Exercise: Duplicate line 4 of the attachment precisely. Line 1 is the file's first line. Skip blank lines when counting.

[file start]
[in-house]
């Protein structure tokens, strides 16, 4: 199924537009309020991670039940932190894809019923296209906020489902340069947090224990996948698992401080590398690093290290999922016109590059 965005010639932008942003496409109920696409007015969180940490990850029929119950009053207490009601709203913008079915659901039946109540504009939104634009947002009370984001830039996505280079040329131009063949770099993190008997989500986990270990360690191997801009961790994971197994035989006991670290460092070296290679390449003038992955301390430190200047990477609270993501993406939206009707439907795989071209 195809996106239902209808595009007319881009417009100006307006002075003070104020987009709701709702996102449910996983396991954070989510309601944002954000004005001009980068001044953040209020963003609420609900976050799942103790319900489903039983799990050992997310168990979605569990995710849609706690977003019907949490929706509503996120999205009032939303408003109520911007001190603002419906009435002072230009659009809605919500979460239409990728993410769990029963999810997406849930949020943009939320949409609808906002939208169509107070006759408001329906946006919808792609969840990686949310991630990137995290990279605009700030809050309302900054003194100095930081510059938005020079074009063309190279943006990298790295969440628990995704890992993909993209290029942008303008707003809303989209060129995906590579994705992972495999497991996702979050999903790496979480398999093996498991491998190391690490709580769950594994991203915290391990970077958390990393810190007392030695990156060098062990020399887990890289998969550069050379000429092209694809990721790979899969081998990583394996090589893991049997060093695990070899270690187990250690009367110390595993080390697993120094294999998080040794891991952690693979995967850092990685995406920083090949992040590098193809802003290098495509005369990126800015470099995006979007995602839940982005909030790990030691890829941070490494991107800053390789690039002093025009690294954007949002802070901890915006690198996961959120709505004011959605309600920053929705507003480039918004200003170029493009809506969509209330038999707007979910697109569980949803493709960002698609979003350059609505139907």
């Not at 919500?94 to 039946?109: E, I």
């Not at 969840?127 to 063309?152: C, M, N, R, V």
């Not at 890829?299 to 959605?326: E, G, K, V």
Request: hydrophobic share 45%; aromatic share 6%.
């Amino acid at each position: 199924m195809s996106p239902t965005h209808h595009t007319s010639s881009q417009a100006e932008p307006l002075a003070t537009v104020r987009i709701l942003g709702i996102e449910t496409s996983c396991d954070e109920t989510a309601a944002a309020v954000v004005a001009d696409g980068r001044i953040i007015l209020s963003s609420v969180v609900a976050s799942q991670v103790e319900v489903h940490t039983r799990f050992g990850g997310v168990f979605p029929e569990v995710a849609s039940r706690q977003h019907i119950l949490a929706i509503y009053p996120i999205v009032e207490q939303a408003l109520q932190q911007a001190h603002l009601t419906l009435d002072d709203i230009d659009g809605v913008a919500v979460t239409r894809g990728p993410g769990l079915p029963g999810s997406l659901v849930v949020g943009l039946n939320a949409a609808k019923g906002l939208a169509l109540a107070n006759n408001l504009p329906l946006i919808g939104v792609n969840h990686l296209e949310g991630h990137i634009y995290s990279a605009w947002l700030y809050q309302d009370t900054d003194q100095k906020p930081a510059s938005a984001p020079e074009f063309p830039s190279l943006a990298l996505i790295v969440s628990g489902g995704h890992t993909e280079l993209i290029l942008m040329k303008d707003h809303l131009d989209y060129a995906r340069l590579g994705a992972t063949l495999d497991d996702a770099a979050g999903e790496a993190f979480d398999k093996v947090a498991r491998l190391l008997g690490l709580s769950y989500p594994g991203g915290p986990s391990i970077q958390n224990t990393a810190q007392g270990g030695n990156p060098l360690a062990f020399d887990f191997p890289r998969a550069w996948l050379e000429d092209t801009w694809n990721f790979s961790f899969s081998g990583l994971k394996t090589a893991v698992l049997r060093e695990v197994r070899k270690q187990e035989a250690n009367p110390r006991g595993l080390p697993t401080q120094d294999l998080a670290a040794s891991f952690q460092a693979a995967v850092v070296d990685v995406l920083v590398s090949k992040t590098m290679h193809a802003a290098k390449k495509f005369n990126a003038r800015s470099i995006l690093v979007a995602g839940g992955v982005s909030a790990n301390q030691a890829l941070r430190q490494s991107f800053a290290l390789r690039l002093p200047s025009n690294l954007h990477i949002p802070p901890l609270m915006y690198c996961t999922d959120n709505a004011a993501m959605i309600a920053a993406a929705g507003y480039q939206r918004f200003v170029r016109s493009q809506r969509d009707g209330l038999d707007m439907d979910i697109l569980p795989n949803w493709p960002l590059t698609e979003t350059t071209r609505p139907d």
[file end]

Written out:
């Not at 969840?127 to 063309?152: C, M, N, R, V």